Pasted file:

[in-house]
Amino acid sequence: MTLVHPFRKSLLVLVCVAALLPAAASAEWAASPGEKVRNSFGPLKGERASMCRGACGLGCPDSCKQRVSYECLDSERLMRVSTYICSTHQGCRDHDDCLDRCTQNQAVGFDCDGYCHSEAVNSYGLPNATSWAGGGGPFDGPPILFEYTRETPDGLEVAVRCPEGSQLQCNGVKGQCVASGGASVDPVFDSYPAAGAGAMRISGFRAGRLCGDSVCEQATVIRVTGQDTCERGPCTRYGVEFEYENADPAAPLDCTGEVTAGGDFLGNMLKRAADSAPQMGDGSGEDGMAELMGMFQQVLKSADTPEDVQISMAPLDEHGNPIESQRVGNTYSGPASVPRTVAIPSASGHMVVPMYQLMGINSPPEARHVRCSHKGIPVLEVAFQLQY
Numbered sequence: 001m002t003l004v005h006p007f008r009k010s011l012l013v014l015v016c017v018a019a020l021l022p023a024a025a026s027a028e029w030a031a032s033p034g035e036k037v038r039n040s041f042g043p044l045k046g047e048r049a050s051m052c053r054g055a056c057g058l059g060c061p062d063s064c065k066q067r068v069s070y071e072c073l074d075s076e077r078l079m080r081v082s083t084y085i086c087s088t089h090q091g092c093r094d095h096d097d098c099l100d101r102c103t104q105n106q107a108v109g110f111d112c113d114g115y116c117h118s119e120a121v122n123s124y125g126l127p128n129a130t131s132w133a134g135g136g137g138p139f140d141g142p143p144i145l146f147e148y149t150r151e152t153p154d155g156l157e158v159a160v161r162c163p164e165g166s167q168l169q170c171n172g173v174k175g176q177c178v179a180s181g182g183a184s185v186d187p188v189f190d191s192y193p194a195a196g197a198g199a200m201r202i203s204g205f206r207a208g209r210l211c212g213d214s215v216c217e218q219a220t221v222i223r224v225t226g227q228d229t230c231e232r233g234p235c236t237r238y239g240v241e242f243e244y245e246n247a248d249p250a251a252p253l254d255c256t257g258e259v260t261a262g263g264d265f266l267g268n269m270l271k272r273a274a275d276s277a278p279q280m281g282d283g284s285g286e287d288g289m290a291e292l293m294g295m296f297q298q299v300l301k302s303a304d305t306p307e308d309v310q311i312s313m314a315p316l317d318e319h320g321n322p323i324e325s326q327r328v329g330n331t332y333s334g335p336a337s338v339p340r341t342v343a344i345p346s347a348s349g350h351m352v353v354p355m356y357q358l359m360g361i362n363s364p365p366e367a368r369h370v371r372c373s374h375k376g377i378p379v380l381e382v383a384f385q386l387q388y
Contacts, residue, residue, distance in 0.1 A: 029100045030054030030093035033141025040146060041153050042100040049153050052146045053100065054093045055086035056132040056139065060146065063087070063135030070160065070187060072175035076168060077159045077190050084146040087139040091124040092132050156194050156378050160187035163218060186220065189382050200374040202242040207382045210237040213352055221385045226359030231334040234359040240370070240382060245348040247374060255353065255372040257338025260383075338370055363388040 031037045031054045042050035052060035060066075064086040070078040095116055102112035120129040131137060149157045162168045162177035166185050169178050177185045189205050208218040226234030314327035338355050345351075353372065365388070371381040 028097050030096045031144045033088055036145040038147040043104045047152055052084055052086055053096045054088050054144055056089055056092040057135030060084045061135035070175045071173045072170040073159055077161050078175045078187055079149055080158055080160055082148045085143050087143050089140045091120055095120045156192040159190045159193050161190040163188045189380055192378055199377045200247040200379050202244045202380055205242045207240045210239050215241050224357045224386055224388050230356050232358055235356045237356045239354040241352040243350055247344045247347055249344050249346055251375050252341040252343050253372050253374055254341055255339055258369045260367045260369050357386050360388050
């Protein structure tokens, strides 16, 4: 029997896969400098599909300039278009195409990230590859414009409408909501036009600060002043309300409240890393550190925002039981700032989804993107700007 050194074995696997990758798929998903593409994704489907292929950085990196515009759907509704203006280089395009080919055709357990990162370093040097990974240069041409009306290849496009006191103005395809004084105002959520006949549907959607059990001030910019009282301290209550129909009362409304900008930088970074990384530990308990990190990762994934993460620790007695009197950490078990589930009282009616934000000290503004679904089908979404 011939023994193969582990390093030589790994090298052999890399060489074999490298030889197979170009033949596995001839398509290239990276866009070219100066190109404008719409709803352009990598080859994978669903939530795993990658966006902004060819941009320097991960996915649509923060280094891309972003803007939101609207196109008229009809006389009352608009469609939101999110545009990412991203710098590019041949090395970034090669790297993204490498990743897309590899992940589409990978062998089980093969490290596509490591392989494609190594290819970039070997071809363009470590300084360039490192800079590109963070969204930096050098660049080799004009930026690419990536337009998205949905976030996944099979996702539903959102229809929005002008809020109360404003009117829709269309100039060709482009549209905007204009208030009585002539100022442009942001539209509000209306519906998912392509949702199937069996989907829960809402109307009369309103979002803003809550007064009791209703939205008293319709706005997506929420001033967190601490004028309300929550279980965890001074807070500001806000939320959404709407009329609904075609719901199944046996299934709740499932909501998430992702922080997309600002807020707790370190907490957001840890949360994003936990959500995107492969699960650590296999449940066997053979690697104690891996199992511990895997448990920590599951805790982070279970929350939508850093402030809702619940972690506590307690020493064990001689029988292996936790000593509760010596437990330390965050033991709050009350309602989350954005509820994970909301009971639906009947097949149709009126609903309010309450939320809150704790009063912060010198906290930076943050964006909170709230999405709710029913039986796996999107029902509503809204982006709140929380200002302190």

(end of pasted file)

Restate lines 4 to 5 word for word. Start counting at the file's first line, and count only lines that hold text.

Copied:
Contacts, residue, residue, distance in 0.1 A: 029100045030054030030093035033141025040146060041153050042100040049153050052146045053100065054093045055086035056132040056139065060146065063087070063135030070160065070187060072175035076168060077159045077190050084146040087139040091124040092132050156194050156378050160187035163218060186220065189382050200374040202242040207382045210237040213352055221385045226359030231334040234359040240370070240382060245348040247374060255353065255372040257338025260383075338370055363388040 031037045031054045042050035052060035060066075064086040070078040095116055102112035120129040131137060149157045162168045162177035166185050169178050177185045189205050208218040226234030314327035338355050345351075353372065365388070371381040 028097050030096045031144045033088055036145040038147040043104045047152055052084055052086055053096045054088050054144055056089055056092040057135030060084045061135035070175045071173045072170040073159055077161050078175045078187055079149055080158055080160055082148045085143050087143050089140045091120055095120045156192040159190045159193050161190040163188045189380055192378055199377045200247040200379050202244045202380055205242045207240045210239050215241050224357045224386055224388050230356050232358055235356045237356045239354040241352040243350055247344045247347055249344050249346055251375050252341040252343050253372050253374055254341055255339055258369045260367045260369050357386050360388050
């Protein structure tokens, strides 16, 4: 029997896969400098599909300039278009195409990230590859414009409408909501036009600060002043309300409240890393550190925002039981700032989804993107700007 050194074995696997990758798929998903593409994704489907292929950085990196515009759907509704203006280089395009080919055709357990990162370093040097990974240069041409009306290849496009006191103005395809004084105002959520006949549907959607059990001030910019009282301290209550129909009362409304900008930088970074990384530990308990990190990762994934993460620790007695009197950490078990589930009282009616934000000290503004679904089908979404 011939023994193969582990390093030589790994090298052999890399060489074999490298030889197979170009033949596995001839398509290239990276866009070219100066190109404008719409709803352009990598080859994978669903939530795993990658966006902004060819941009320097991960996915649509923060280094891309972003803007939101609207196109008229009809006389009352608009469609939101999110545009990412991203710098590019041949090395970034090669790297993204490498990743897309590899992940589409990978062998089980093969490290596509490591392989494609190594290819970039070997071809363009470590300084360039490192800079590109963070969204930096050098660049080799004009930026690419990536337009998205949905976030996944099979996702539903959102229809929005002008809020109360404003009117829709269309100039060709482009549209905007204009208030009585002539100022442009942001539209509000209306519906998912392509949702199937069996989907829960809402109307009369309103979002803003809550007064009791209703939205008293319709706005997506929420001033967190601490004028309300929550279980965890001074807070500001806000939320959404709407009329609904075609719901199944046996299934709740499932909501998430992702922080997309600002807020707790370190907490957001840890949360994003936990959500995107492969699960650590296999449940066997053979690697104690891996199992511990895997448990920590599951805790982070279970929350939508850093402030809702619940972690506590307690020493064990001689029988292996936790000593509760010596437990330390965050033991709050009350309602989350954005509820994970909301009971639906009947097949149709009126609903309010309450939320809150704790009063912060010198906290930076943050964006909170709230999405709710029913039986796996999107029902509503809204982006709140929380200002302190």